Richard Beresford

Richard Beresford (* 1755 in Charleston, South Carolina, † February 6, 1803 in Charleston, South Carolina) was an American lawyer and officer in the Continental Army and politicians of the Province of South Carolina.


The date of birth of Richard Beresford is unknown. He was in the church of St. on June 3, 1755 Thomas and St. Denis Parish in Berkeley County ( South Carolina) baptized. Beresford grew up in a wealthy family. He was sent to England where he studied at the Middle Temple in London Jura. Beresford graduated in 1773 and then returned to South Carolina, where he began to practice as a lawyer. In addition, he was also known as plantation owners. He owned extensive lands in Berkeley and Colleton Counties (South Carolina) as well as England.

Beresford fought during the American Revolutionary War in the Continental Army. He served under Brigadier-General Huger in the Georgia campaign of 1778. Thereafter, he worked as an aide- de-camp of Brigadier General Moultrie. At that time, he held the rank of captain. After the fall of Charleston in May 1780, he was taken prisoner and was imprisoned until his replacement in 1781 in St. Augustine (Florida ). One of his fellow prisoners was Christopher Gadsden, the then Lieutenant Governor of South Carolina.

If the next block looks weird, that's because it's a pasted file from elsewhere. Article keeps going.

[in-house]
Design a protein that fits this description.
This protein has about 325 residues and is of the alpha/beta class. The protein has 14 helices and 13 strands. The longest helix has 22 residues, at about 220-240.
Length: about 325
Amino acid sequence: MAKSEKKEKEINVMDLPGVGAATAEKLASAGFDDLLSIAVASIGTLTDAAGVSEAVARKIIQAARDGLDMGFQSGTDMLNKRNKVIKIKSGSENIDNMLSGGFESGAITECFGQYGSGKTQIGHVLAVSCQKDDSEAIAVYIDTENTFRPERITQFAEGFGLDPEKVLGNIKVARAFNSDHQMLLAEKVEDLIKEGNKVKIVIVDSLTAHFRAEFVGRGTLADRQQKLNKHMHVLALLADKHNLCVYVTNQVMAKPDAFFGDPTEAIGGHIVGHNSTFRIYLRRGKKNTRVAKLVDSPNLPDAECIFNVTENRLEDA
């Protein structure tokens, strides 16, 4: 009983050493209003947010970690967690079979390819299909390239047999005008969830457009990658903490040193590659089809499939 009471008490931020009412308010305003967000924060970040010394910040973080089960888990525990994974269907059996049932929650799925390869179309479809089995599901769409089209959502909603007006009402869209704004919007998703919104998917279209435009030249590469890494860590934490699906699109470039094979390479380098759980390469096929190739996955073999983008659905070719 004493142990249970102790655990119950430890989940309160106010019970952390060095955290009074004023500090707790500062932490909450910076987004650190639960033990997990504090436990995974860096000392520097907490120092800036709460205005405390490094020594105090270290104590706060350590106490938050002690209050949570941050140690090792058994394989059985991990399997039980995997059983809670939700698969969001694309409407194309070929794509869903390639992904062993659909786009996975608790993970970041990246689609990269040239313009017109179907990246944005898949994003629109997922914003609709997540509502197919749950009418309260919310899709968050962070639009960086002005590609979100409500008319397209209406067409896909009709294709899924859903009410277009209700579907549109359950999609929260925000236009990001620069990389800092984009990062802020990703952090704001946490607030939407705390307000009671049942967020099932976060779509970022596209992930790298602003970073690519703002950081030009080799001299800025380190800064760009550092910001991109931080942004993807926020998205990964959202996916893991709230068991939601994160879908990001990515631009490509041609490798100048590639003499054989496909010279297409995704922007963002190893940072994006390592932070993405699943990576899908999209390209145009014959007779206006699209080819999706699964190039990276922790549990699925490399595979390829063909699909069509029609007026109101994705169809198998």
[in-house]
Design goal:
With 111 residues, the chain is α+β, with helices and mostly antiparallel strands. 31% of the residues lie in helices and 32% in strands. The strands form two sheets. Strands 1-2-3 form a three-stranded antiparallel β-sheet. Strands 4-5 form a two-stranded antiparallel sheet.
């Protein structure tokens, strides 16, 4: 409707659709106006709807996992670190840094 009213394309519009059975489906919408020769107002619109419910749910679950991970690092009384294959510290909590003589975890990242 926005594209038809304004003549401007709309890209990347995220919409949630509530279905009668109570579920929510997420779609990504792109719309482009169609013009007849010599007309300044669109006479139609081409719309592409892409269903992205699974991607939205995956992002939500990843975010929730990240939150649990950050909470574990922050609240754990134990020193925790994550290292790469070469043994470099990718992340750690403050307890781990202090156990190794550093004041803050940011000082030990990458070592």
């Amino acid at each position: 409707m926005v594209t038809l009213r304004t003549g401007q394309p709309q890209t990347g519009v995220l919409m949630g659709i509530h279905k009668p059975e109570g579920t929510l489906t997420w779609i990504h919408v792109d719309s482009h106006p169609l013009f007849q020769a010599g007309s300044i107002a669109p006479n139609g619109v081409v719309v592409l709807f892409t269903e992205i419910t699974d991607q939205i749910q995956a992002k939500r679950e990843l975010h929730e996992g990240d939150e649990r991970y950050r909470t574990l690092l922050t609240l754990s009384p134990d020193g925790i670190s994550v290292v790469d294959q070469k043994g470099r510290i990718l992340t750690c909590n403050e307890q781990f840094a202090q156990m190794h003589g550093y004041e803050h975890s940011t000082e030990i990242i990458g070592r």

After returning to South Carolina Beresford 1781 by the parishes of St. Philips and St. Michael was elected to the House of Representatives from South Carolina. On January 30, 1782 he was elected the South Carolina General Assembly for a two-year term in the State Council ( Privy Council ). He was elected in January 1783 Lieutenant Governor of South Carolina. As a result, he resigned his seat in parliament. Beresford held the post of Deputy Governor of 4 February 1783 to his resignation on 15 March 1783. At this time he was elected to the Continental Congress, there to fill the vacancy of John Lewis Gervais. Beresford was there as a delegate of 30 May 1783 to the June 3, 1784. After he retired from the political scene and started work on his plantation again. In addition, he was also active literary. He published in 1798 Vigil in Charleston.